Dreading Birthdays II: Celebrating Adoption Loss

January is considered the most depressing month of the year. It’s cold, it’s dismal, the joy of the holidays is over, you’re stuck with bills and work and it feels like spring will never come. It figures, therefore, that January is when I was born. I’ve talked before about dreading my birthday and how depressed I get at this time of year. From what I understand, many adoptees get depressed about their birthdays.
I don’t tell casual acquaintances about my birthday. People always want to know, put it in their calendar, send you an e-card or invite you to a little office celebration with stale cake. But adoptee birthdays invoke too many well-intentioned questions that are conversational for others and heartbreaking for us, like “Where were you born?” (some of us don’t know) and “Are you celebrating with your family?” (which one?) In short, birthdays are stark reminders of what may be our most traumatic experience: losing our mothers, our blood relatives, our cultures, our heritage. I don’t mind sharing with people who know my adopted status and understand that trauma. What I don’t like is the automatic dismissal of the uninitiated: “Oh, you’re adopted! You must feel so lucky.” And I’ll admit, I’m no fun. When people ask me straight out I give them a straight out answer: that I’m adopted, that my birthday is traumatic, that it brings up a lot of feelings of loss and I don’t really like talking about it. Talk about putting a damper on the party.
Some adoptees may not even know their actual birthdays. They celebrate a date made up by the orphanage or agency, a date they may or may not know is false. A few adoptive parents focus on (gag) Gotcha Day to the exclusion of the adoptee’s actual birthday. I find that abhorrent. It’s as if they’re saying, “You didn’t exist until we adopted you. Your life before is not important and you shouldn’t ask questions about it.” Many adoptive parents, however, do their best to incorporate both halves of their children’s existence. Even so, they may not understand the depths of the despair adoptees can fall into around birthdays. They ply adoptees with presents and parties, which the adoptees may accept with a smile while inwardly cringing. They want to please their adoptive parents, for whom this date is truly a celebration, but they can’t reconcile that with their own internal grief. This is especially tough for young adoptees who often feel burdened by the attention. Many people can’t fathom the idea of a birthday being anything but wonderful. Teenagers who seem ungrateful are dismissed as being malcontents or “angry adoptees”, when all they are trying to do is come to terms with their own feelings about such an ambivalent event.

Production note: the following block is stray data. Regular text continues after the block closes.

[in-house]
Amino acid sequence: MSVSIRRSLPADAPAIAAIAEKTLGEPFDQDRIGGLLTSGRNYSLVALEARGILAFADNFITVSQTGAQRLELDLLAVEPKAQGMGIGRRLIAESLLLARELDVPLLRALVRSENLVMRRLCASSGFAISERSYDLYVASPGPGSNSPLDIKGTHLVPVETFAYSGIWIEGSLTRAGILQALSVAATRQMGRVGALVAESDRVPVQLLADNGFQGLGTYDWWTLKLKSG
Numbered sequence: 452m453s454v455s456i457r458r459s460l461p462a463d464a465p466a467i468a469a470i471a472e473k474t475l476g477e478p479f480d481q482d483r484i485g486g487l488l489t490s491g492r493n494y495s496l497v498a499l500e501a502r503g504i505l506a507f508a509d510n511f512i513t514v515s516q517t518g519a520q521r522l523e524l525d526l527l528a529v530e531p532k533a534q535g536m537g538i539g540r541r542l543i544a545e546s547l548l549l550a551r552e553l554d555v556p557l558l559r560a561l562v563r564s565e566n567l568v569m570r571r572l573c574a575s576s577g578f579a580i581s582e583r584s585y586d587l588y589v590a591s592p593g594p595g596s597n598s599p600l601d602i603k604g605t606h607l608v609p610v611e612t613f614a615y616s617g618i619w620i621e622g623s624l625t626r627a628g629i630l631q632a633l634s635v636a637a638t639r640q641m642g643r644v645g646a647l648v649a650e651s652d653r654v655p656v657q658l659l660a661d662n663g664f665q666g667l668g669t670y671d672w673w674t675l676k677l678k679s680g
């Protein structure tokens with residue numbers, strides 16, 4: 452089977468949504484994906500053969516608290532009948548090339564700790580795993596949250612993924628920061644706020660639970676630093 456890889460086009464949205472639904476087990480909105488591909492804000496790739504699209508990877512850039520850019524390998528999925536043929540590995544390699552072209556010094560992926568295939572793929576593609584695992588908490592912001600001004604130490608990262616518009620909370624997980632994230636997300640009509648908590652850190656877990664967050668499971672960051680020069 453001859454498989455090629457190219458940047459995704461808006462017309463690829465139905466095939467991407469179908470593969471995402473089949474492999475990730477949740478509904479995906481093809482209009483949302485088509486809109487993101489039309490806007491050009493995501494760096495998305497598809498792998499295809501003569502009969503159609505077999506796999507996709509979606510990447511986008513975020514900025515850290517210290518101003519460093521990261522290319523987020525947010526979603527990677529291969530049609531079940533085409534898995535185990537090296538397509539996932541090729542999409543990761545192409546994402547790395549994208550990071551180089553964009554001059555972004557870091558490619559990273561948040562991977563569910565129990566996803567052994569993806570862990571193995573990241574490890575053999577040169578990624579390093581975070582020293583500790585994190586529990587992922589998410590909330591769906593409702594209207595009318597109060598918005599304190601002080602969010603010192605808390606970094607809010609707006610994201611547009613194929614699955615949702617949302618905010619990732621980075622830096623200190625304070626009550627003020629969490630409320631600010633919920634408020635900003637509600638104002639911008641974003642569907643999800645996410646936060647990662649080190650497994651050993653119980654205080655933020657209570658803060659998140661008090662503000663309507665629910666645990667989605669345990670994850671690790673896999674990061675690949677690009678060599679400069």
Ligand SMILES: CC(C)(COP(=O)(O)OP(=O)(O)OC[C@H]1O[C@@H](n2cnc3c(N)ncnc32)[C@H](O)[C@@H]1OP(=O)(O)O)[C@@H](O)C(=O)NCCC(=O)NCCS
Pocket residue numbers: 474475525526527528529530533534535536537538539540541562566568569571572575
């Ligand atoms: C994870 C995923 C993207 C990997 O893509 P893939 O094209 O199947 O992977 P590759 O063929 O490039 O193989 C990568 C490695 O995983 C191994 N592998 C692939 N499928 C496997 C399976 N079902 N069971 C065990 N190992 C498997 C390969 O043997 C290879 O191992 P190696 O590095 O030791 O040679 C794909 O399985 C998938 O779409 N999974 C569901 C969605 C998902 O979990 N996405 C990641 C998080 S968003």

I think it’s important to acknowledge the loss that adoptee birthdays represent. You can’t just hang some streamers and pretend the negatives don’t exist, much as the adoption industry would love us to. (Doesn’t look good in the glossy brochures.) Adoptive families would do well to acknowledge the pain and loss that adoptee birthdays evoke. It’s a good time to sit down, not to talk but to LISTEN to what adoptees have to say and how we feel about adoption.
I prefer to “celebrate” in private. I spend time with my husband and children. I talk to a few close friends. But mostly, in January I go into hibernation. I don’t like to be around other people. I typically take time off because I know if I try to work I’ll just be a wreck anyway. I write fiction. I plant seeds for the spring garden. I try not to think too much about the woman who, thirty-odd years ago, walked out of the hospital leaving her newborn daughter behind, because if I do I will dissolve into a puddle of misery. In short, I hate my freaking birthday. February can’t come too soon.